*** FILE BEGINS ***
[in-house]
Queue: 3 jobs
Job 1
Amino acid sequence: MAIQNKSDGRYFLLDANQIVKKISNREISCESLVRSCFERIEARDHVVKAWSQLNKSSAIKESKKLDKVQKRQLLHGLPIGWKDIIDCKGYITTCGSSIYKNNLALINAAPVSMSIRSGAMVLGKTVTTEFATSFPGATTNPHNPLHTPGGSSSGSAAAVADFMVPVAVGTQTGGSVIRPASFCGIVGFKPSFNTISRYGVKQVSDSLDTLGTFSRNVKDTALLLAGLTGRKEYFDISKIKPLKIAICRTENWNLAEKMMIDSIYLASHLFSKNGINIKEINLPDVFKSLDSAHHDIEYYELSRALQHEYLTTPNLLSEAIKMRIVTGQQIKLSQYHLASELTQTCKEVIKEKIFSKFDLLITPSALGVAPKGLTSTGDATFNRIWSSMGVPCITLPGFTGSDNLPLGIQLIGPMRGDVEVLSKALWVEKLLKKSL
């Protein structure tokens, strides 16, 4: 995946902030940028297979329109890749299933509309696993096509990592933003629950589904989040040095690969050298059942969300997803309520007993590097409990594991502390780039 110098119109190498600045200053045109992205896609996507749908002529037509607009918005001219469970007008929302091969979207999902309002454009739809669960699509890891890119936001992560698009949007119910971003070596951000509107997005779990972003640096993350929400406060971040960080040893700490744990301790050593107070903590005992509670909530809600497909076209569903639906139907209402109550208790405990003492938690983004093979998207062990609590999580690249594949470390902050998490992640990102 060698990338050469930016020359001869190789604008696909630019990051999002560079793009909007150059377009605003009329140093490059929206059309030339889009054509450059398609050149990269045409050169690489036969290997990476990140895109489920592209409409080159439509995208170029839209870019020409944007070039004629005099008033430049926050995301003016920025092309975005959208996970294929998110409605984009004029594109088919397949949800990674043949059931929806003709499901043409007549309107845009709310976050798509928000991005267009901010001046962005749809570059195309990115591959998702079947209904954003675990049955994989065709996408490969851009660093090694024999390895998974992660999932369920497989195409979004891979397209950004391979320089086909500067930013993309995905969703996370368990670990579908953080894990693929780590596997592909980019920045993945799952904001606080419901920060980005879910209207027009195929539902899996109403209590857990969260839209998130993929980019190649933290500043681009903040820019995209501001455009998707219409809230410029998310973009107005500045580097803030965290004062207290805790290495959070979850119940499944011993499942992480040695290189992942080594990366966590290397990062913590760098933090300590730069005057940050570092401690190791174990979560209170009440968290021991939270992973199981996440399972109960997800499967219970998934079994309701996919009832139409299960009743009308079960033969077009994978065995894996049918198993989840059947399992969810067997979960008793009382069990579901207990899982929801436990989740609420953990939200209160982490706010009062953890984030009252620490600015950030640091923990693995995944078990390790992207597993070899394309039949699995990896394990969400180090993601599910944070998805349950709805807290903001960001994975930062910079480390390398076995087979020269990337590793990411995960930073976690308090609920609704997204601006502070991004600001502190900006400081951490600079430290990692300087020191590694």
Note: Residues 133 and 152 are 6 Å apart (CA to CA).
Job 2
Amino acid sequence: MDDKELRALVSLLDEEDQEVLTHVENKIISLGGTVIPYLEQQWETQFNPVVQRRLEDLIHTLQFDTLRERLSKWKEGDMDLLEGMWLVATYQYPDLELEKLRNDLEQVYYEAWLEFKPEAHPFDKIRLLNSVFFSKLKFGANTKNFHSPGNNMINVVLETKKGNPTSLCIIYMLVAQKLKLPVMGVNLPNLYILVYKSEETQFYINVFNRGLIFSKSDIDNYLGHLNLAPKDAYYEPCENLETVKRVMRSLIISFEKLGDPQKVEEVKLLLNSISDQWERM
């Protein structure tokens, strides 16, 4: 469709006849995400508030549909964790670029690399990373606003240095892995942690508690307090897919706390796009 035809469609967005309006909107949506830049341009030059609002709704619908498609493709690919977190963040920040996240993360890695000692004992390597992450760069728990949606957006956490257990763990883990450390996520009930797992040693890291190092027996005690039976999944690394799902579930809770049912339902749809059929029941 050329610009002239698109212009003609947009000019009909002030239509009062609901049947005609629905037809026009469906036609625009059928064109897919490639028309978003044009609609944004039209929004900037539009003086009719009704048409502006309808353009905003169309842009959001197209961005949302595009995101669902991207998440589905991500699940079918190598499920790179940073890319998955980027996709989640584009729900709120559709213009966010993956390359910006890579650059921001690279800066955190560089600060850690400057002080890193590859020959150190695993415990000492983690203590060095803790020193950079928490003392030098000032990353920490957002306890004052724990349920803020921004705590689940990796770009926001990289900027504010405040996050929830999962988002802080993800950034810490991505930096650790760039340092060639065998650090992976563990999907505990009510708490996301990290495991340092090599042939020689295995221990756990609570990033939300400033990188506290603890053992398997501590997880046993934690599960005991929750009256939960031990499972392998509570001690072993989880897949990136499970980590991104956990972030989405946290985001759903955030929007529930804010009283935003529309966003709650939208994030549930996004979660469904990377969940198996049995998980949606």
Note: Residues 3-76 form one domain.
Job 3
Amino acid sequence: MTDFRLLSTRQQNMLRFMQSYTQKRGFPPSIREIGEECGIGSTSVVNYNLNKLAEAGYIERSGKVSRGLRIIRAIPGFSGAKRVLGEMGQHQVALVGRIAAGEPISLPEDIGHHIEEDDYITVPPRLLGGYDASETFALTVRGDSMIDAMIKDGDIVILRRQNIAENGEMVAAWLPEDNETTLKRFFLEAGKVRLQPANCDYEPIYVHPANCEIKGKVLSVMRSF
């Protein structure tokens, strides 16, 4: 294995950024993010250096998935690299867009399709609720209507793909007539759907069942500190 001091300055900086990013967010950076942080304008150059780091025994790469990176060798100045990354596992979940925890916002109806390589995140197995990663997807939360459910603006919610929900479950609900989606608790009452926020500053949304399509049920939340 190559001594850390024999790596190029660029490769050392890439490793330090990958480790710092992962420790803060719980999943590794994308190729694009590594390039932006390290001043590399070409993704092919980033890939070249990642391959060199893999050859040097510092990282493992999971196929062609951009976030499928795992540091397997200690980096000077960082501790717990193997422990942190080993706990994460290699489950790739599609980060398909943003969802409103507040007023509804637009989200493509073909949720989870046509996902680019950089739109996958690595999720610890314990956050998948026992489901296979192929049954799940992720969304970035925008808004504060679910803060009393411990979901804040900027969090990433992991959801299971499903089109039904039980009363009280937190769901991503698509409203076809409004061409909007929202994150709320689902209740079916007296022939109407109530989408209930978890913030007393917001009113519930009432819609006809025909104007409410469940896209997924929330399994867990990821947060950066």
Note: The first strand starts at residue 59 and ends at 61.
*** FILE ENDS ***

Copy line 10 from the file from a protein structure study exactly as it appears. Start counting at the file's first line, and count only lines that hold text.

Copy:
Note: Residues 3-76 form one domain.